Aortic regurgitation (AR) is a possible complication following transcatheter aortic valve implantation (TAVI) which is associated with less-favourable outcomes. Quantification of total regurgitation caused by multiple, multidirectional jets remains controversial. The purpose of this study was to assess the usefulness of retrograde contrast echocardiography in quantification of total AR following TAVI and to evaluate its prognostic significance.METHODS
In 245 patients following Edwards Sapien valve (Edwards Lifesciences, Irvine, CA, USA) implantation, we performed retrograde contrast transoesophageal echocardiography to quantify AR immediately after TAVI. The contrast (20 ml agitated gelatine polysuccinate, Gelafundin 4%, Braun, Melsungen, Germany) was injected as a bolus into the sinotubular junction of the aorta through a pigtail catheter. We measured the area of the regurgitant cloud during mid- to end-diastole. A regurgitant area of ≥3.8 cm2 was determined as an indicator of relevant AR. Sensitivity of this was compared through angiography and Doppler echocardiography. To assess whether AR identified by this novel method independently determined survival, a multivariate model was applied.RESULTS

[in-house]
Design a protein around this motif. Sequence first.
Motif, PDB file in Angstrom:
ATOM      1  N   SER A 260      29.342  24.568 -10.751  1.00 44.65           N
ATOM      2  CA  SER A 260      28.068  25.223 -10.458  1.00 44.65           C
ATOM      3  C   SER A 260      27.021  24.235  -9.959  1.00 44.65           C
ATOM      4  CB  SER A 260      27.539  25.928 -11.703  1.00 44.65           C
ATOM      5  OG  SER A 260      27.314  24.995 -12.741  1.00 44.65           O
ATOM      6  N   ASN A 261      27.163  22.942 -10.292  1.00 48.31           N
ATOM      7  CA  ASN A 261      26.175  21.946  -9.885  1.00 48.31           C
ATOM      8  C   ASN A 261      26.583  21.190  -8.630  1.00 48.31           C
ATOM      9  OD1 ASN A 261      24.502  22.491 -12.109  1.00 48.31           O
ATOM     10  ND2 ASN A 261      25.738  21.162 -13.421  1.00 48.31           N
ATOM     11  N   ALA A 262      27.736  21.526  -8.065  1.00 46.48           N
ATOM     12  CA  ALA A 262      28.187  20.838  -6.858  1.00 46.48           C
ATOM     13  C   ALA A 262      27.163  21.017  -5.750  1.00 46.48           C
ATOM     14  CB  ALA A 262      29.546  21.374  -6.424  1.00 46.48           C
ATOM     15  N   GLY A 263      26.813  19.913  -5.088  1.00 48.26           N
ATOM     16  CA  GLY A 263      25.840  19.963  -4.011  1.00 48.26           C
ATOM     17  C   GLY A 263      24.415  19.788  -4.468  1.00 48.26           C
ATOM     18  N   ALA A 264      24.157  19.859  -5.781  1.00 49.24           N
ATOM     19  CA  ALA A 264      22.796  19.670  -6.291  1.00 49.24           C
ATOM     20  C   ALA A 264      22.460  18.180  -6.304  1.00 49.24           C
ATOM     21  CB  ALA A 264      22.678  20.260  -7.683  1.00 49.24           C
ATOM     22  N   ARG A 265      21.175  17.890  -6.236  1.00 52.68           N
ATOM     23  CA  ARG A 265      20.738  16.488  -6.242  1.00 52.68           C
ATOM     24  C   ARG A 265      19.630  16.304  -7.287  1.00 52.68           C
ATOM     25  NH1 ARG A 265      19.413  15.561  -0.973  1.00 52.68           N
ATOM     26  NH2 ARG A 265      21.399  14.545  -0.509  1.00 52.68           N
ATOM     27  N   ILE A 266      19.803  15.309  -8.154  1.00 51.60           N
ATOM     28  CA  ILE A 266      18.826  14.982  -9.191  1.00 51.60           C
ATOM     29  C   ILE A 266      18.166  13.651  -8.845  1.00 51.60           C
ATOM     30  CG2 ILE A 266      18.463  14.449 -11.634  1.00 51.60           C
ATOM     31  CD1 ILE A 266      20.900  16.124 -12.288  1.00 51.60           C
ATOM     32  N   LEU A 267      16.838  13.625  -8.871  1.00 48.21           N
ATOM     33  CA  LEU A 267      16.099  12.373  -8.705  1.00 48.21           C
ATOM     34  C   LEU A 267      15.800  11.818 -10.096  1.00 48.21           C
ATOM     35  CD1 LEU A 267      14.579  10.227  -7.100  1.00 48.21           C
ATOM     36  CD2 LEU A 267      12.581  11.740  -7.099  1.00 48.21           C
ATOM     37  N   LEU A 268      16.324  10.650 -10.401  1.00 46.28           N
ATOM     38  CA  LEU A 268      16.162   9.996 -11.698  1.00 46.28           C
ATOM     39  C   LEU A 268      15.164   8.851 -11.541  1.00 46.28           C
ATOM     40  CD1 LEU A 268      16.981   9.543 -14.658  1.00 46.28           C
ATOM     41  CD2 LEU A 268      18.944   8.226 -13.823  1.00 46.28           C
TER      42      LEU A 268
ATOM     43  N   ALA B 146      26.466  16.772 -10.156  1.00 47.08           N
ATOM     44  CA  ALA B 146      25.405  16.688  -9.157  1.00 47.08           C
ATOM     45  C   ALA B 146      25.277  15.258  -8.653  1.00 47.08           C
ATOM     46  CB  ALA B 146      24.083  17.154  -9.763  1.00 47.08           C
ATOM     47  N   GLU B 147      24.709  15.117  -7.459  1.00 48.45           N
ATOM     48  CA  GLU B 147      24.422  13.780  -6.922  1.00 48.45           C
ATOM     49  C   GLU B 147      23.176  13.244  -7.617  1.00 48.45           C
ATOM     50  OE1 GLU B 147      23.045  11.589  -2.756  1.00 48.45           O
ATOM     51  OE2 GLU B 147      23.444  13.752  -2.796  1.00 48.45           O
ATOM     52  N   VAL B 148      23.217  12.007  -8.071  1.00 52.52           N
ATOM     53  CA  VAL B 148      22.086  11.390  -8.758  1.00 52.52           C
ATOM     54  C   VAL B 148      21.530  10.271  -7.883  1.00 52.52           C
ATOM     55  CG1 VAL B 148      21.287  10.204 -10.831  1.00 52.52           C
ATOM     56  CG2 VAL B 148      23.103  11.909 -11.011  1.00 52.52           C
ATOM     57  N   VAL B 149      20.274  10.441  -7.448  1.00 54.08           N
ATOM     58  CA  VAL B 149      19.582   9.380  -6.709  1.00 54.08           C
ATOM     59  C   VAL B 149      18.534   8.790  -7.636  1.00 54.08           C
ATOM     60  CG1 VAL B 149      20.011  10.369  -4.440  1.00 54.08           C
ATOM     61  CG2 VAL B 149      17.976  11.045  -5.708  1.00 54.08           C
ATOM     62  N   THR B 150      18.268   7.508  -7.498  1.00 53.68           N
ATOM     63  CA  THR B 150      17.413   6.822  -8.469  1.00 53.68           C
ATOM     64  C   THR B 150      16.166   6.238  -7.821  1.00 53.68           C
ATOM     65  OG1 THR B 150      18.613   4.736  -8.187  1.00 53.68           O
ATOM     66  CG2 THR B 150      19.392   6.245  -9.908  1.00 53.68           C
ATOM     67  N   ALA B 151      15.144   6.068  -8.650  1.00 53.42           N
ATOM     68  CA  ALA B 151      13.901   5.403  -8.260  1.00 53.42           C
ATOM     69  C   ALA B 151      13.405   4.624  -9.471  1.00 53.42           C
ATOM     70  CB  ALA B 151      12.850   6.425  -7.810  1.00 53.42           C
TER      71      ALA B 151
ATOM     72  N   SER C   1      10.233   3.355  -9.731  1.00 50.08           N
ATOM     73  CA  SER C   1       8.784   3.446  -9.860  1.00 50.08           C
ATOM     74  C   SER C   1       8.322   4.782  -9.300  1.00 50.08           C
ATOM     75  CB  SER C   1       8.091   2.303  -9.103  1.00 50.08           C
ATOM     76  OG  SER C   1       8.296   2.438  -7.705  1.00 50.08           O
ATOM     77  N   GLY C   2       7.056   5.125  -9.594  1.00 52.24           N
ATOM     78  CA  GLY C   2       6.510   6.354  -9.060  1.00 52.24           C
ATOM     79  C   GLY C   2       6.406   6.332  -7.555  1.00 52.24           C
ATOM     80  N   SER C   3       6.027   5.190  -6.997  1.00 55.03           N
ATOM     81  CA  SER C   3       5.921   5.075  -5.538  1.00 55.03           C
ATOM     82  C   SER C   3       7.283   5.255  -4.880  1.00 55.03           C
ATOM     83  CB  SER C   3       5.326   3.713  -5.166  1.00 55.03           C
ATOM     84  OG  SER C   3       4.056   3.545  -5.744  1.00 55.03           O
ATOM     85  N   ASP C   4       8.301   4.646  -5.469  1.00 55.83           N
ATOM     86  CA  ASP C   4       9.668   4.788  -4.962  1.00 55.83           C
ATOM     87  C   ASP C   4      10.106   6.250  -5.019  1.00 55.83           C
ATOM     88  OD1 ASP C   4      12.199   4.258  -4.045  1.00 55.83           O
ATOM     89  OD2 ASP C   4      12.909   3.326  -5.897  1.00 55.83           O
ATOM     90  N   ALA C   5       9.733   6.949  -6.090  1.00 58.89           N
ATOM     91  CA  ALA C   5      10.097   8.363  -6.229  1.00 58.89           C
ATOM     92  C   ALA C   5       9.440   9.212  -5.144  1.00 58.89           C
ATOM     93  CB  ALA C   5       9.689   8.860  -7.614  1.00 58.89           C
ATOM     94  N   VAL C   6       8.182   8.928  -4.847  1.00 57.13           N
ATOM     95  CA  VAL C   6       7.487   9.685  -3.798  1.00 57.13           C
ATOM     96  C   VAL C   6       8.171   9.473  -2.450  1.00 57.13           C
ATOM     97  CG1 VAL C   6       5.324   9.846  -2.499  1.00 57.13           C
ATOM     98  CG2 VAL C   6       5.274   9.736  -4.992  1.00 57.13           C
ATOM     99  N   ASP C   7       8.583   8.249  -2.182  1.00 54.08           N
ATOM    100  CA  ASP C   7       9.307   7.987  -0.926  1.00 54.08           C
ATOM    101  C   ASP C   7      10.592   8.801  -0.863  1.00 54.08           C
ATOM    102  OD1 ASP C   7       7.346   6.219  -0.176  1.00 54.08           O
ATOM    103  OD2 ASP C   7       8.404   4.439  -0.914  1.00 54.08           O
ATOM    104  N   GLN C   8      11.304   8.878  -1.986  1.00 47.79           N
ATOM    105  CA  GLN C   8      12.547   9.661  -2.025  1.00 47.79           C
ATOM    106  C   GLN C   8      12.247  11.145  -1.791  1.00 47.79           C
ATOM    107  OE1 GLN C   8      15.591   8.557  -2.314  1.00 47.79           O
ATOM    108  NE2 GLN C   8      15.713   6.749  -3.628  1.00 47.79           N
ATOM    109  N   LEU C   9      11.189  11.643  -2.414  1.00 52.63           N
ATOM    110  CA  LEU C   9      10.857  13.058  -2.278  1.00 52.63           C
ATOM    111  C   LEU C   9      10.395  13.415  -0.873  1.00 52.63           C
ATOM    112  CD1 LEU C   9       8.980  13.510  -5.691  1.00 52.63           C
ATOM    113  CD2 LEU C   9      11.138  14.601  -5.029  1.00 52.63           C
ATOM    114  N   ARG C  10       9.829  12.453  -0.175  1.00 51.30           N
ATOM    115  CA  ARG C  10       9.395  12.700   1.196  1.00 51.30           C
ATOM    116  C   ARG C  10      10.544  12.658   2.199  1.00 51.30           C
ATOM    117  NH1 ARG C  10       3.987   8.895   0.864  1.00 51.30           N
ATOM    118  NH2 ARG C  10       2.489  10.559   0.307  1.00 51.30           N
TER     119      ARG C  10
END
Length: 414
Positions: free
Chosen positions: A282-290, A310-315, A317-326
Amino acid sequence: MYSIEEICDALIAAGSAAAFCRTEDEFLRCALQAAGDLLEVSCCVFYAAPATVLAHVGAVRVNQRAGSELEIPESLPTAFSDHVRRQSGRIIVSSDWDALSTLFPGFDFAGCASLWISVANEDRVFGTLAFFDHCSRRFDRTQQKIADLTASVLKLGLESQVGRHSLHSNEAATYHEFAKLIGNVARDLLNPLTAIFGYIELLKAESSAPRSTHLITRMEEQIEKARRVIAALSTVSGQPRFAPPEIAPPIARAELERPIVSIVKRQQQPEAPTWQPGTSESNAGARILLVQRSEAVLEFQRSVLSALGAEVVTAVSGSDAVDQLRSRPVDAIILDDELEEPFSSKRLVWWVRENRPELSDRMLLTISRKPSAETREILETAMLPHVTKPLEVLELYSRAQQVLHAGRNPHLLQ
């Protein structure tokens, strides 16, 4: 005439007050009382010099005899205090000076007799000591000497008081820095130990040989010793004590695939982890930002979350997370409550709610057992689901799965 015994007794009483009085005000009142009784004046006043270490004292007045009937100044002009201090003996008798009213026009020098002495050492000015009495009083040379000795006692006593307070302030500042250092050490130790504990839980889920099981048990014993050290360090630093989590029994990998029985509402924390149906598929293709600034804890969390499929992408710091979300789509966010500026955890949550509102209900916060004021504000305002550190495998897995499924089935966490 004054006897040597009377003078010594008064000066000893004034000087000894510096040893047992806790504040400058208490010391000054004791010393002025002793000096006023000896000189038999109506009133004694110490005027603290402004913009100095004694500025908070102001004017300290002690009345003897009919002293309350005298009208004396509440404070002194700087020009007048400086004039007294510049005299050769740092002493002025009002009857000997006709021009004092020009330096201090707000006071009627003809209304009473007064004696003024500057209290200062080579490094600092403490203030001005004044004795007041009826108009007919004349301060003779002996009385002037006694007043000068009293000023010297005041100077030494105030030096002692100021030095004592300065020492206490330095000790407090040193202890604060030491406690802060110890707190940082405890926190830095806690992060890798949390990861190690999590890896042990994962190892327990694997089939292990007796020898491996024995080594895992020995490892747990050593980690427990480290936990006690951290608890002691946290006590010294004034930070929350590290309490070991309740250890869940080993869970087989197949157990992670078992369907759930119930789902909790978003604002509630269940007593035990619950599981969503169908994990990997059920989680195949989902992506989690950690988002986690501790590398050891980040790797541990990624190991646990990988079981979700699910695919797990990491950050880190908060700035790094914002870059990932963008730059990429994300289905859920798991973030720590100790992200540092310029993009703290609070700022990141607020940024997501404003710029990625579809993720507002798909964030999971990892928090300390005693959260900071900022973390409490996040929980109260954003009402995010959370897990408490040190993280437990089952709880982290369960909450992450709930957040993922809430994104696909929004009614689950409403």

Angiography, Doppler echocardiography and contrast echocardiography recognized 15, 23 and 56 patients with relevant regurgitation. Multivariate analysis including a regurgitant area of ≥3.8 cm2, New York Heart Association (NYHA) class IV, age and creatinine concentration identified a regurgitant area of ≥3.8 cm2 (P = 0.027) as independent risk factor for 2-year survival.CONCLUSIONS
Contrast echocardiography is a simple method for quantification of total AR following TAVI and is more sensitive than angiography or Doppler echocardiography. Its clinical relevance is demonstrated by the impact of the AR detected by contrast echocardiography on survival.